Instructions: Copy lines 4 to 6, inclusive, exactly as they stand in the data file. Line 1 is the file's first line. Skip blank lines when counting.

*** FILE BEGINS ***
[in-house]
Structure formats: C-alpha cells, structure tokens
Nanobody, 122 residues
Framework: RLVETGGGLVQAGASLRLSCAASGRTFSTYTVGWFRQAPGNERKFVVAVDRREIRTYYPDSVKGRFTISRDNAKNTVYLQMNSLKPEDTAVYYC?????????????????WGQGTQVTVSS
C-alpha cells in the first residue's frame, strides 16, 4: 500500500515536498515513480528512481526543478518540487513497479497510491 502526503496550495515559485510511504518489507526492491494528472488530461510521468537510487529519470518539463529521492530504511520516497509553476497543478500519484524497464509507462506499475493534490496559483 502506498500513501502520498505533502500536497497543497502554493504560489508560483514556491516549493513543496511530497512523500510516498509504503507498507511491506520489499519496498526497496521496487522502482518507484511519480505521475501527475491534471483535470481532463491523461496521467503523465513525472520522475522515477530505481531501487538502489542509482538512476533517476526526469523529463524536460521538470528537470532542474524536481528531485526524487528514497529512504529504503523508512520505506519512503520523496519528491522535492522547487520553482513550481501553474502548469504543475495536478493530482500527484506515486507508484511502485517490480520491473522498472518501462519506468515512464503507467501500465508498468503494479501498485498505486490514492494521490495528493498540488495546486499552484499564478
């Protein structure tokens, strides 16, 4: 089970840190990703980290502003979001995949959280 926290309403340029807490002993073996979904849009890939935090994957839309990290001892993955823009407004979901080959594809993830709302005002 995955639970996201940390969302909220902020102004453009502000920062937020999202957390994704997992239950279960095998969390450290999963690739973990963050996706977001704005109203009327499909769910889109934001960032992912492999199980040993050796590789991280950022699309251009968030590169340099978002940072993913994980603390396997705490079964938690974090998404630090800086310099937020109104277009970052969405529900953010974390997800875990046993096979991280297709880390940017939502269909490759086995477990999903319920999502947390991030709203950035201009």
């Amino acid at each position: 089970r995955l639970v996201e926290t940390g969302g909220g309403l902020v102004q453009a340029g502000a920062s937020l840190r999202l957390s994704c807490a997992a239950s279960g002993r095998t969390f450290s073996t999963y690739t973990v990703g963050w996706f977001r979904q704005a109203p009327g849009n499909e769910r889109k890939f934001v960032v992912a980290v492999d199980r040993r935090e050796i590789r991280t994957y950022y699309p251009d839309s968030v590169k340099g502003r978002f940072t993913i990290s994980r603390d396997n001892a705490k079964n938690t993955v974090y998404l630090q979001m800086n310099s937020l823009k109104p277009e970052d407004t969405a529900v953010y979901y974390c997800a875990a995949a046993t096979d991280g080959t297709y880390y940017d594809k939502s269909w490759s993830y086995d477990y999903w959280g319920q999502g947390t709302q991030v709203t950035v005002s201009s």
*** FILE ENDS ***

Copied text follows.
Framework: RLVETGGGLVQAGASLRLSCAASGRTFSTYTVGWFRQAPGNERKFVVAVDRREIRTYYPDSVKGRFTISRDNAKNTVYLQMNSLKPEDTAVYYC?????????????????WGQGTQVTVSS
C-alpha cells in the first residue's frame, strides 16, 4: 500500500515536498515513480528512481526543478518540487513497479497510491 502526503496550495515559485510511504518489507526492491494528472488530461510521468537510487529519470518539463529521492530504511520516497509553476497543478500519484524497464509507462506499475493534490496559483 502506498500513501502520498505533502500536497497543497502554493504560489508560483514556491516549493513543496511530497512523500510516498509504503507498507511491506520489499519496498526497496521496487522502482518507484511519480505521475501527475491534471483535470481532463491523461496521467503523465513525472520522475522515477530505481531501487538502489542509482538512476533517476526526469523529463524536460521538470528537470532542474524536481528531485526524487528514497529512504529504503523508512520505506519512503520523496519528491522535492522547487520553482513550481501553474502548469504543475495536478493530482500527484506515486507508484511502485517490480520491473522498472518501462519506468515512464503507467501500465508498468503494479501498485498505486490514492494521490495528493498540488495546486499552484499564478
């Protein structure tokens, strides 16, 4: 089970840190990703980290502003979001995949959280 926290309403340029807490002993073996979904849009890939935090994957839309990290001892993955823009407004979901080959594809993830709302005002 995955639970996201940390969302909220902020102004453009502000920062937020999202957390994704997992239950279960095998969390450290999963690739973990963050996706977001704005109203009327499909769910889109934001960032992912492999199980040993050796590789991280950022699309251009968030590169340099978002940072993913994980603390396997705490079964938690974090998404630090800086310099937020109104277009970052969405529900953010974390997800875990046993096979991280297709880390940017939502269909490759086995477990999903319920999502947390991030709203950035201009």